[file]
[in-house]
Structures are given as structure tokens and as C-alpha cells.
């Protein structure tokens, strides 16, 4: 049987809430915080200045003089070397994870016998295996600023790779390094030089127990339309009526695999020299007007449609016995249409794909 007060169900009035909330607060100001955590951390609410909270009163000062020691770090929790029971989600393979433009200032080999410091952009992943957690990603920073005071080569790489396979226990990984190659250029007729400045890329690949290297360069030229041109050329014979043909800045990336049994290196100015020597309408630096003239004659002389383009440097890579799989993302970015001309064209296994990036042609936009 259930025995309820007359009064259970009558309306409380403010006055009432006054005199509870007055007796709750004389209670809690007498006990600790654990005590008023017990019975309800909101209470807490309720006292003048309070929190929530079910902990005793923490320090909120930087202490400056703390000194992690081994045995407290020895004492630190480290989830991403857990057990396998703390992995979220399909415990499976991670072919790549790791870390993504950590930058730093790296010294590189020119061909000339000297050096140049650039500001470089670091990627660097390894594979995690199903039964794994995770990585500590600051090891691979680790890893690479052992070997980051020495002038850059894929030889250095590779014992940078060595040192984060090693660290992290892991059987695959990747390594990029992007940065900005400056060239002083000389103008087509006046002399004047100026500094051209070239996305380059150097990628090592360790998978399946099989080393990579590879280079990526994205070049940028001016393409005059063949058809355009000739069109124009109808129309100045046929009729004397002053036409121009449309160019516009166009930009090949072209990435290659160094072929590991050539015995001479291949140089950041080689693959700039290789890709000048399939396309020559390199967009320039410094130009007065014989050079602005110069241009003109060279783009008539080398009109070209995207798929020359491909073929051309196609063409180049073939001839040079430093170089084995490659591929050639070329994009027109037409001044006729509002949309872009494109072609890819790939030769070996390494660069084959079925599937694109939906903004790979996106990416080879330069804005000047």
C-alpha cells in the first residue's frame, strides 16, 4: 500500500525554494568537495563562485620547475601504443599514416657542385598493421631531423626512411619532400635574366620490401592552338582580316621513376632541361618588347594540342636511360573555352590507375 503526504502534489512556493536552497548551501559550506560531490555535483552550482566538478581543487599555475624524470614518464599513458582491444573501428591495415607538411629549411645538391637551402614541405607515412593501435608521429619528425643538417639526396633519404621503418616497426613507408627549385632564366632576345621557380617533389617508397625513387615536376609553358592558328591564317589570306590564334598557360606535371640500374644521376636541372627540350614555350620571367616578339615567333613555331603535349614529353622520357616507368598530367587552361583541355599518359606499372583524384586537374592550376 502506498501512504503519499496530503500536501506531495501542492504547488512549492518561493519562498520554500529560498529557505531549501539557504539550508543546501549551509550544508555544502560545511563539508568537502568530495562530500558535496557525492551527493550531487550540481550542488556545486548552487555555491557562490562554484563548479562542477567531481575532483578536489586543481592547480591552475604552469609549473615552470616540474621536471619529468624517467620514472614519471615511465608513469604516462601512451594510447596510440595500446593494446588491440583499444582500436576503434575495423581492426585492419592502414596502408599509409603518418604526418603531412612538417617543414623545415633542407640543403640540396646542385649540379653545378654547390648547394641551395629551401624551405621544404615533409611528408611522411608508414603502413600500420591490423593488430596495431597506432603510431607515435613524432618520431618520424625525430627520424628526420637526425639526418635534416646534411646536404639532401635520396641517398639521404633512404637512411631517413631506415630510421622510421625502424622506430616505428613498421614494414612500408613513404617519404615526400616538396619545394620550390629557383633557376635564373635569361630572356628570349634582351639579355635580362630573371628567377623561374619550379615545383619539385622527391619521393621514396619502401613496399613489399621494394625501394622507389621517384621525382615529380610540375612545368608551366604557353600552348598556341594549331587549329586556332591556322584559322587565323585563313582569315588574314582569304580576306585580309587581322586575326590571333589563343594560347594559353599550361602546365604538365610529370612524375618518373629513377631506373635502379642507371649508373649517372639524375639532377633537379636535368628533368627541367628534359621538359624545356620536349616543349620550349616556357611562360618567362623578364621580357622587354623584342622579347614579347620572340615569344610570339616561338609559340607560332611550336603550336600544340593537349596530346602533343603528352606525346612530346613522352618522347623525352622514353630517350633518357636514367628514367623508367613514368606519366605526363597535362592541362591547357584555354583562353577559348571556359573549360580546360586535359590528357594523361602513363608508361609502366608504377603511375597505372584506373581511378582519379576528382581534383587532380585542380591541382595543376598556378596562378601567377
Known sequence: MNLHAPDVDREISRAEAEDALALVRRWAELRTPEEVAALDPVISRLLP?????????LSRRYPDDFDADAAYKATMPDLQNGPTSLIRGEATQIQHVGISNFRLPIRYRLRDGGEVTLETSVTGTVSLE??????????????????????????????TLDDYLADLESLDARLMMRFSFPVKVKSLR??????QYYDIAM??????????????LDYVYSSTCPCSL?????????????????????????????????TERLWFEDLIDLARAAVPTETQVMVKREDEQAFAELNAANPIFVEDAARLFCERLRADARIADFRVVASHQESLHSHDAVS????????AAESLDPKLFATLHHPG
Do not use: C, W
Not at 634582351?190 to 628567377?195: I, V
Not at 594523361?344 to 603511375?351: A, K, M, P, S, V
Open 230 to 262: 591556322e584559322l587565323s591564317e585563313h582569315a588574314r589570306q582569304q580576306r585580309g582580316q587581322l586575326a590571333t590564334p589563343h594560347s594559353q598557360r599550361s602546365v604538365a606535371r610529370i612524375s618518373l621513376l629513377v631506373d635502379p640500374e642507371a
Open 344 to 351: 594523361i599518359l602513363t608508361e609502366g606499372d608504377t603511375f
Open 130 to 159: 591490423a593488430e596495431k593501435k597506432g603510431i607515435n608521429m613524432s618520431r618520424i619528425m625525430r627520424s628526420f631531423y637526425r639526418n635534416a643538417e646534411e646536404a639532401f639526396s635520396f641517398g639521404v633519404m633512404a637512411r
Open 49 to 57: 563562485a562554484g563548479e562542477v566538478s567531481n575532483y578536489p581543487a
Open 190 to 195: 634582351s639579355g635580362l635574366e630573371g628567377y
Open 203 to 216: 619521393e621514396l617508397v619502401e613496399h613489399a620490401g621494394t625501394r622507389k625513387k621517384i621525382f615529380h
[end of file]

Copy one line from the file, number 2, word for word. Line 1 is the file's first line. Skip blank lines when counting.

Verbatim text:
Structures are given as structure tokens and as C-alpha cells.